Jim Seretis (Biamp Systems BDM and consultant liaison) explained that Biamp has been promoting centralised DSP systems for some time:  “A few years ago, we brought out a concept called ‘partitions’, where we can segregate the DSP power/usage within one processor,” he said, noting that there were other distinctive enabling features in Biamp’s underlying architecture. “If you have a Tesira design — with multiple DSPs, multiple in and out boxes, multiple microphone arrays and so on — then once you compile, the software always sees it as a system, not as individual devices you connect. It automatically allocates DSP resources, sets up all your networking (routed lines or channels if you prefer), assigns dynamic delay EQ groups, and even provides a list of equipment needed to implement the system design.”

Jim explained that in addition to the familiar fixed I/O DSPs such as TesiraForté, Tesira also has configurable DSPs that support made-to-order modular configurations. “It allows you to add inputs and output cards as needed, VoIP and telephony too, but you can include multiple DSP cards in the chassis as well.  So, it is literally a frame.  And we also support full fail-over and redundancy for mission-critical systems on Tesira Server chassis with the flexibility to drop in up to 8 x DSP cards for large centralised, partitioned systems.”

AV networking is handled using your choice of protocols. “Our Server-IO device is unique in the industry in that it can support AVB, CobraNet, and Dante simultaneously.

You can identify any clock as the master or slave. If you want both Dante and AVB, they will not fight each other. We allow you to utilise whichever protocol you want.”

Importantly, Biamp has targeted a mid-March firmware upgrade for Tesira to enable AES67 compatibility.

Jim cites a number of recent projects that use centralised Biamp DSPs.  “We installed the West Australian Industrial Relations Courts in Perth and also DoTAG – the Attorney-General’s Department in Perth – as centralised systems.  Also a large commercial Barangaroo fitout, which a Fredon job,” he said.

Jim is quick to point out Biamp’s advantages as a single platform for both video and audio. “It’s always a challenge when you have two different brands or platforms together and try to make them talk,” he observed. “A lot of people I speak to have had challenges when they try to put [two platforms together] even when they use AES67 as the bridge. You still have the latency and lip-sync issues that you need to solve.  AVB provides the basis for automated lip sync in Tesira. We guarantee that regardless of whether the audio is analogue or digital, or even if the audio and video come from separate sources, you can embed and de-embed the two streams at will, process them together or separately, doesn’t matter, and the streams will arrive at their outputs in sync. No one else can guarantee that,” he claimed.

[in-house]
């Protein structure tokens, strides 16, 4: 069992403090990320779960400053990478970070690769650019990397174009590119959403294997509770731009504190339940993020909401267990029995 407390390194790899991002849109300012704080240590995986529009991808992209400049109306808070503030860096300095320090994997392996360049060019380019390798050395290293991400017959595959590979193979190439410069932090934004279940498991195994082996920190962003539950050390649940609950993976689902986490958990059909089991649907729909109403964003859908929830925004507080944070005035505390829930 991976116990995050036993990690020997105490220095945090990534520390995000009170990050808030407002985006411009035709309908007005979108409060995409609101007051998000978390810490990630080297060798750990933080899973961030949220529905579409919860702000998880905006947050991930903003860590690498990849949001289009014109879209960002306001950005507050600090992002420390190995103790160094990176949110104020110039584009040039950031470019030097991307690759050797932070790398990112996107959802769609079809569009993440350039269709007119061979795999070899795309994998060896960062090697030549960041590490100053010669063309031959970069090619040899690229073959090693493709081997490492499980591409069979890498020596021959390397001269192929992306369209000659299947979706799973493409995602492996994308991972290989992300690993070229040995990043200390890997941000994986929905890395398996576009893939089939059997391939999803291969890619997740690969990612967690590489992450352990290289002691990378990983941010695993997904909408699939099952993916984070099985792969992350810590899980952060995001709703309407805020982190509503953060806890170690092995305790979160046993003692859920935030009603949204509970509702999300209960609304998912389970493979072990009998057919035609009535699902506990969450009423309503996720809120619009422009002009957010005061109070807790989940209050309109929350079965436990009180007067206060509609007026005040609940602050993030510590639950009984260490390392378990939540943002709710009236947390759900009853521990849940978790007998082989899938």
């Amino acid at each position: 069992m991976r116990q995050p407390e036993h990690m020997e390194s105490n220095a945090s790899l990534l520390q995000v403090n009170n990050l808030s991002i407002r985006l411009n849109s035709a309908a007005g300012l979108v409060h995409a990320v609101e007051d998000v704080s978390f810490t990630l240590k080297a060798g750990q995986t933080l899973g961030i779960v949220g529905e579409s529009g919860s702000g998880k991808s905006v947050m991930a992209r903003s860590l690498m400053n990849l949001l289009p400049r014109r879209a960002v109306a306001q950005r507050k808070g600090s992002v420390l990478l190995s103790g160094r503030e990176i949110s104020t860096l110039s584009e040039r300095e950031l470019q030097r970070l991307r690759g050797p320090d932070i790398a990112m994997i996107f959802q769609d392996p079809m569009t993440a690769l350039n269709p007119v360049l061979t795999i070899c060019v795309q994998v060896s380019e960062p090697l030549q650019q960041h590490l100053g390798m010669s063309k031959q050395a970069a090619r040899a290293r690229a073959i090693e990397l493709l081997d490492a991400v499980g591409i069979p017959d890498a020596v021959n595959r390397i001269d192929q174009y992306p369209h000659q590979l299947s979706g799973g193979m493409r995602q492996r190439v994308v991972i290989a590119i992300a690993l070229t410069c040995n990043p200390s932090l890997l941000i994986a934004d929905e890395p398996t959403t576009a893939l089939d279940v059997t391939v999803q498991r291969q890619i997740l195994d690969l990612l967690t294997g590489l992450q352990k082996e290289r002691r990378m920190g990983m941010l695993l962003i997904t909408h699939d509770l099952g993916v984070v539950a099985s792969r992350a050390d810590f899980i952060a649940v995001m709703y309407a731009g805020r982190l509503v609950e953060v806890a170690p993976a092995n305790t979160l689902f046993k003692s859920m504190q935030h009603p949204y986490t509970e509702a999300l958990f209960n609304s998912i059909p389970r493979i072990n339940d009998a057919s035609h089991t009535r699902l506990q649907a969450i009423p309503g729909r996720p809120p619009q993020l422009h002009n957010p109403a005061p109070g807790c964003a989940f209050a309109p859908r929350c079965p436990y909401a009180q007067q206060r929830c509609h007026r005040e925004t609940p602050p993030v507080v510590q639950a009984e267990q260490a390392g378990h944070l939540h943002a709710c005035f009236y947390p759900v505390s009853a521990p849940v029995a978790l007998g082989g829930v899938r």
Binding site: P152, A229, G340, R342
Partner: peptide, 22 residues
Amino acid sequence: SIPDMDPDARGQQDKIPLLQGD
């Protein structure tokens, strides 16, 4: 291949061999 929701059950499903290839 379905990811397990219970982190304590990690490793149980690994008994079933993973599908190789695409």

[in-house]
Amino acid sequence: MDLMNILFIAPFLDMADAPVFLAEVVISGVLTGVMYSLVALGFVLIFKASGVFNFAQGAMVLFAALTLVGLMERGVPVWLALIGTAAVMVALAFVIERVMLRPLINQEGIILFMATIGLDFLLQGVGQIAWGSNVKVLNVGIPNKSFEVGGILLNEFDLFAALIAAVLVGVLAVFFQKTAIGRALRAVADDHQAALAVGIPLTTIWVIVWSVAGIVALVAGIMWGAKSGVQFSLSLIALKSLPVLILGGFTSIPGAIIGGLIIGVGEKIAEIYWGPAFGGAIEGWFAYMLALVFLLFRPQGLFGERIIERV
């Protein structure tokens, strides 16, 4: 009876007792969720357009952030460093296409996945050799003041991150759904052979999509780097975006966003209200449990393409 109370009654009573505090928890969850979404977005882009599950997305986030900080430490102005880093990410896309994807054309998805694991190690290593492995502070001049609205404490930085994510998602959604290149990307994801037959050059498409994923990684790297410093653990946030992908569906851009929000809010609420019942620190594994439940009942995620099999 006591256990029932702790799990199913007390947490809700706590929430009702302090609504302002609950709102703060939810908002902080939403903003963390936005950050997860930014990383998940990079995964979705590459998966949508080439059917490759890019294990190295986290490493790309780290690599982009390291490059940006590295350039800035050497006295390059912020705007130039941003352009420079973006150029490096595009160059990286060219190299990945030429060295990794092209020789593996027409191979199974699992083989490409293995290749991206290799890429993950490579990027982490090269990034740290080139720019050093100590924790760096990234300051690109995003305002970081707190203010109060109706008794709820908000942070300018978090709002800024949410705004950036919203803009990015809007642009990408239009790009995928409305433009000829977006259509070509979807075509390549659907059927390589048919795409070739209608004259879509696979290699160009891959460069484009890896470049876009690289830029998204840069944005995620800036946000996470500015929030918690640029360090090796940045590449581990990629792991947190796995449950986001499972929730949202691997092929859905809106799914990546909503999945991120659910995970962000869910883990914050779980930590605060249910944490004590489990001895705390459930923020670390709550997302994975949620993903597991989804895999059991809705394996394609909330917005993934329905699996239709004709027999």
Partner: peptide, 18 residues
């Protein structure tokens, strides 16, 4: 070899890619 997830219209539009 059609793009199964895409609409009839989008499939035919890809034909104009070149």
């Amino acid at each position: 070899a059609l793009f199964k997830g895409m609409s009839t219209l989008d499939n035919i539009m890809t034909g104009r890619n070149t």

With more than two decades experience in top level audiovisual integration companies, Nick has been around the block with DSPs more times than he can count. He’s seen the application of central audio processing infrastructure in everything from large stadium projects to campuses of all kinds in the corporate, government and education sectors.

“A classic use case is an airport,” he noted.  “I have a user requirement to page to a single gate, as well as to a whole wing of a terminal, and then across the wider facility.  Centralising the DSP makes sense in that traditional commercial use case.”

But he doesn’t see a central audio infrastructure meeting all needs. “We’ve done a lot of fitouts in large corporate environments and in spaces where people work at desk; where you have a lot of smaller, simpler meeting spaces; DSP is typically not centralised. But in the dedicated client areas and high-density areas where they have more formalised meetings, there’s a strong desire for it. That’s for a couple of reasons: 1. is about efficiency and value.  The second one is more around meeting the use cases. Where they choose to centralise and share expensive infrastructure such as videoconferencing, then it makes sense to deal with the audio in a similar fashion. And often, even on client floors, there will be a hybrid DSP topology deployed.”

Nick Orsatti explained that reliability was also a more complicated issue in some installations.  “In a number of large recent projects we have undertaken in Sydney, we have used centralised DSPs but distributed the load. We have separate processors to deal with the main areas of operation — the external precinct, the back of house areas etc.  So the idea is whilst they’re centralised, there’s an element of segmentation so you’re not going to take everything down if a unit fails.”